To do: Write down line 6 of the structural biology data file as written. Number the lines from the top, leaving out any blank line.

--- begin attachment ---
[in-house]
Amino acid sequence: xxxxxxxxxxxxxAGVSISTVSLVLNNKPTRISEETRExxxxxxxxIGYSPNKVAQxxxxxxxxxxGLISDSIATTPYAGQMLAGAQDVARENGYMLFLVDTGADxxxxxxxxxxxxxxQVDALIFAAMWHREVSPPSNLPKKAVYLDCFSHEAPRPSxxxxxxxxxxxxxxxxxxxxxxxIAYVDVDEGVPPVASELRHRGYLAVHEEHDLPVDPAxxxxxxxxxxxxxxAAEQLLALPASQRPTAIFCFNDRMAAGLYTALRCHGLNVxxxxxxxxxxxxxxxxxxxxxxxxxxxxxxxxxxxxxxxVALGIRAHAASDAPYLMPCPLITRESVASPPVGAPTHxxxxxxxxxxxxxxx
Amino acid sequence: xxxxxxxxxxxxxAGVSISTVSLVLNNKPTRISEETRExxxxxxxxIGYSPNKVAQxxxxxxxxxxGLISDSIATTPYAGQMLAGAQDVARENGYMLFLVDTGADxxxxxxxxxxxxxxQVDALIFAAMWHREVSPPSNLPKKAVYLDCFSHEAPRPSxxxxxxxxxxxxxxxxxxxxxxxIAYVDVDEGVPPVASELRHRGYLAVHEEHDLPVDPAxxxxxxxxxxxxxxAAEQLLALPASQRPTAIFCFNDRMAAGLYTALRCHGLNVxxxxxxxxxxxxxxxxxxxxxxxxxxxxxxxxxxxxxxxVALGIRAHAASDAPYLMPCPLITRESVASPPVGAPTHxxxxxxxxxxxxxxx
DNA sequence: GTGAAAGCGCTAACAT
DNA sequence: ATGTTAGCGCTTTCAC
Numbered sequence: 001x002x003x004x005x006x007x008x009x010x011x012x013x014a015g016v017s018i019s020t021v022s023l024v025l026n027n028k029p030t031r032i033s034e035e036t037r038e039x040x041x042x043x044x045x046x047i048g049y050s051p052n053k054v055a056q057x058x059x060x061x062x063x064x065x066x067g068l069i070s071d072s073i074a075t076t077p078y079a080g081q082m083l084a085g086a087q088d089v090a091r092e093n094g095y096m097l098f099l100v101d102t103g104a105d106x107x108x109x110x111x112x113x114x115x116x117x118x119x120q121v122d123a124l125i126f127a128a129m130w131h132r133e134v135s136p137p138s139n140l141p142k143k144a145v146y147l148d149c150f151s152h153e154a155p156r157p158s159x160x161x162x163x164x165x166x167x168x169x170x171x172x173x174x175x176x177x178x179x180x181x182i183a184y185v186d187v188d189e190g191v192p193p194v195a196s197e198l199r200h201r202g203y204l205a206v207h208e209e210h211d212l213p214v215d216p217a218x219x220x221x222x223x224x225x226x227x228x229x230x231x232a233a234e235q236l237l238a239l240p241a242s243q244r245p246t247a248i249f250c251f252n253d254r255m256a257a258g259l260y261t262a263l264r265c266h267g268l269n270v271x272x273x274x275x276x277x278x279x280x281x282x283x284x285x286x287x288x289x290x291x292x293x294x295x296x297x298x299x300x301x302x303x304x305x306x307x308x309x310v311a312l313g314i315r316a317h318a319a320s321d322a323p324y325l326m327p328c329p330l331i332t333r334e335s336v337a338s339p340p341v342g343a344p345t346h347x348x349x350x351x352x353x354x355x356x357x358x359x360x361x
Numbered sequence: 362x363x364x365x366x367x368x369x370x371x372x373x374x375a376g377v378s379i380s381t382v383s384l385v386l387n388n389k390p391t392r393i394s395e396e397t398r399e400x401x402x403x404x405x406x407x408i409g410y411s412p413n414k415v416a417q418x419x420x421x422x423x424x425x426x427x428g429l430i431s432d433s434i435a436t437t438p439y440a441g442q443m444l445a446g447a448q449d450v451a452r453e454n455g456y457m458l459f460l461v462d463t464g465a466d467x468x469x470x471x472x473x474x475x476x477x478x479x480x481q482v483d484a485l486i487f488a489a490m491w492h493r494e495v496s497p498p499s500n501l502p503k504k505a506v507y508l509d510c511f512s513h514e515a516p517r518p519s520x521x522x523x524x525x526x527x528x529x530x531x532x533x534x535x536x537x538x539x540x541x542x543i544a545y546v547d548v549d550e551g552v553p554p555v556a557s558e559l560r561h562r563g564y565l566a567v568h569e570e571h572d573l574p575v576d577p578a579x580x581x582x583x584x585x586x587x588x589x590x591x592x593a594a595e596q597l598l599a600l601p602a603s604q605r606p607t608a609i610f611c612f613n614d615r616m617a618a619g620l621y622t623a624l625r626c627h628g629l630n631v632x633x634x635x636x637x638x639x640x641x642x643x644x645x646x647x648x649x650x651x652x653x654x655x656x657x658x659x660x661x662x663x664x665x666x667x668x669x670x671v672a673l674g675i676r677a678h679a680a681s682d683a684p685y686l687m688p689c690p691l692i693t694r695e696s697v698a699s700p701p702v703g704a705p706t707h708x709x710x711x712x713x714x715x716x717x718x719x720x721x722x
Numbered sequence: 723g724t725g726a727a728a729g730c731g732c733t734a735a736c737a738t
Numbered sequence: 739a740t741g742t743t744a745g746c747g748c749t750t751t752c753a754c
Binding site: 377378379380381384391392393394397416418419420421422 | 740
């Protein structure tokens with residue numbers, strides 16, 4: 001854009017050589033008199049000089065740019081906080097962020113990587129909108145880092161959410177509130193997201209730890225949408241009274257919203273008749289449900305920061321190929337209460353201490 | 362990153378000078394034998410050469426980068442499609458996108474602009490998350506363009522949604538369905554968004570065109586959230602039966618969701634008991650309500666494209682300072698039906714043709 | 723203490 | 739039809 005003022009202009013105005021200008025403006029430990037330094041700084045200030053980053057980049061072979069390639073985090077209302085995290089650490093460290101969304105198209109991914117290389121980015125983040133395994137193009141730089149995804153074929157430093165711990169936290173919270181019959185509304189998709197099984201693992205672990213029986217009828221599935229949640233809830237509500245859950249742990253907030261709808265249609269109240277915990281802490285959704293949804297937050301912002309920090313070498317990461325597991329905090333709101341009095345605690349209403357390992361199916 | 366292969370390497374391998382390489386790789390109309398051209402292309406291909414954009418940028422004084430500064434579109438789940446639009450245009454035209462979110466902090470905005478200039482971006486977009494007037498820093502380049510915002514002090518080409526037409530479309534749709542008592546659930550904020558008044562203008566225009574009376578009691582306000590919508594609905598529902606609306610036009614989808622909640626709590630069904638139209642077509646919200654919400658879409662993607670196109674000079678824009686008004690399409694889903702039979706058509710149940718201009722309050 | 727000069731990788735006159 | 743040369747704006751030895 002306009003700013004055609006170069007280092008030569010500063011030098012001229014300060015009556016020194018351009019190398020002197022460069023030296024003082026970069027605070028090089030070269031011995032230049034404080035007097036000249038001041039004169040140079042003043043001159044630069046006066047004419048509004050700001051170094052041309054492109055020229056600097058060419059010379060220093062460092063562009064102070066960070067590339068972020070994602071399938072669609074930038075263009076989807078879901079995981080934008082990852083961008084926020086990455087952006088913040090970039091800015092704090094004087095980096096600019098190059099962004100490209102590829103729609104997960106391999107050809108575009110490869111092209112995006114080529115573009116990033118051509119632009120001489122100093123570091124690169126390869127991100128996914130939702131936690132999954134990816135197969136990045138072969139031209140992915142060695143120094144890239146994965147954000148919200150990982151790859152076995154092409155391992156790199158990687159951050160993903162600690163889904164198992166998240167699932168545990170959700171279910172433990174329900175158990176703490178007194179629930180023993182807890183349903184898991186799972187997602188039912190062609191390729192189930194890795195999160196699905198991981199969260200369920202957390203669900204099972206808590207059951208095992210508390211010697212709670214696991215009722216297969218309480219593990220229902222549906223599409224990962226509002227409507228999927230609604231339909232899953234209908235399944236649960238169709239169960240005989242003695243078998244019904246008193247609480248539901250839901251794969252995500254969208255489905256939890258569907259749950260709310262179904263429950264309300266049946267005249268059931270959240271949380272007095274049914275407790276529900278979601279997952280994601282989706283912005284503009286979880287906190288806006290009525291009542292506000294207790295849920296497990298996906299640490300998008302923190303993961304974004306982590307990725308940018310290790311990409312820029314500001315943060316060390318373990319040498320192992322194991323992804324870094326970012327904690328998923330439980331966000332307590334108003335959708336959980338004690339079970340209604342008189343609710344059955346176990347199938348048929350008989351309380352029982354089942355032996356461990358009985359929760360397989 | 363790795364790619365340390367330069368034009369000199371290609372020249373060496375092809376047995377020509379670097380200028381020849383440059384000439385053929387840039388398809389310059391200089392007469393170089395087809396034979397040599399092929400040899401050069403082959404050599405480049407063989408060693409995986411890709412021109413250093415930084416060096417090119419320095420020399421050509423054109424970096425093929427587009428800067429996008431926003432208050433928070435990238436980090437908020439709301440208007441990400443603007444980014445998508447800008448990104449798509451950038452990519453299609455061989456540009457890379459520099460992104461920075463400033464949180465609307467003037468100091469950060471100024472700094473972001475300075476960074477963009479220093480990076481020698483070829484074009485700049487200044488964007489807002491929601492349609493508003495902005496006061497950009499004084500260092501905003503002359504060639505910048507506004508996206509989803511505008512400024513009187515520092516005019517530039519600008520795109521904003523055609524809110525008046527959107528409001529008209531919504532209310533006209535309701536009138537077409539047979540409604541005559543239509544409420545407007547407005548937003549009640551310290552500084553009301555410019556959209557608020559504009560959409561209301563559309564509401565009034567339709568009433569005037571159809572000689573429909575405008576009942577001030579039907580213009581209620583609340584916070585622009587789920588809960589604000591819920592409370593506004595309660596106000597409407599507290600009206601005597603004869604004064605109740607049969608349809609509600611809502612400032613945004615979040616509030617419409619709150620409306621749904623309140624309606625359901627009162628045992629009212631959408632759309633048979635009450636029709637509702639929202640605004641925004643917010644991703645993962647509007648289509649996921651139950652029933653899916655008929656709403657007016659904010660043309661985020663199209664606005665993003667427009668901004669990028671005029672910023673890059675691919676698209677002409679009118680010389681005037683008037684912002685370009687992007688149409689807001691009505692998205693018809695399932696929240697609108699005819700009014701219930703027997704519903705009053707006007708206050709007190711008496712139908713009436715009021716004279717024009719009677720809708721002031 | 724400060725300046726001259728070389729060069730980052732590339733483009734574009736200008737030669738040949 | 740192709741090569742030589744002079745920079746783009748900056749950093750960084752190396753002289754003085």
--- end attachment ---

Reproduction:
Numbered sequence: 001x002x003x004x005x006x007x008x009x010x011x012x013x014a015g016v017s018i019s020t021v022s023l024v025l026n027n028k029p030t031r032i033s034e035e036t037r038e039x040x041x042x043x044x045x046x047i048g049y050s051p052n053k054v055a056q057x058x059x060x061x062x063x064x065x066x067g068l069i070s071d072s073i074a075t076t077p078y079a080g081q082m083l084a085g086a087q088d089v090a091r092e093n094g095y096m097l098f099l100v101d102t103g104a105d106x107x108x109x110x111x112x113x114x115x116x117x118x119x120q121v122d123a124l125i126f127a128a129m130w131h132r133e134v135s136p137p138s139n140l141p142k143k144a145v146y147l148d149c150f151s152h153e154a155p156r157p158s159x160x161x162x163x164x165x166x167x168x169x170x171x172x173x174x175x176x177x178x179x180x181x182i183a184y185v186d187v188d189e190g191v192p193p194v195a196s197e198l199r200h201r202g203y204l205a206v207h208e209e210h211d212l213p214v215d216p217a218x219x220x221x222x223x224x225x226x227x228x229x230x231x232a233a234e235q236l237l238a239l240p241a242s243q244r245p246t247a248i249f250c251f252n253d254r255m256a257a258g259l260y261t262a263l264r265c266h267g268l269n270v271x272x273x274x275x276x277x278x279x280x281x282x283x284x285x286x287x288x289x290x291x292x293x294x295x296x297x298x299x300x301x302x303x304x305x306x307x308x309x310v311a312l313g314i315r316a317h318a319a320s321d322a323p324y325l326m327p328c329p330l331i332t333r334e335s336v337a338s339p340p341v342g343a344p345t346h347x348x349x350x351x352x353x354x355x356x357x358x359x360x361x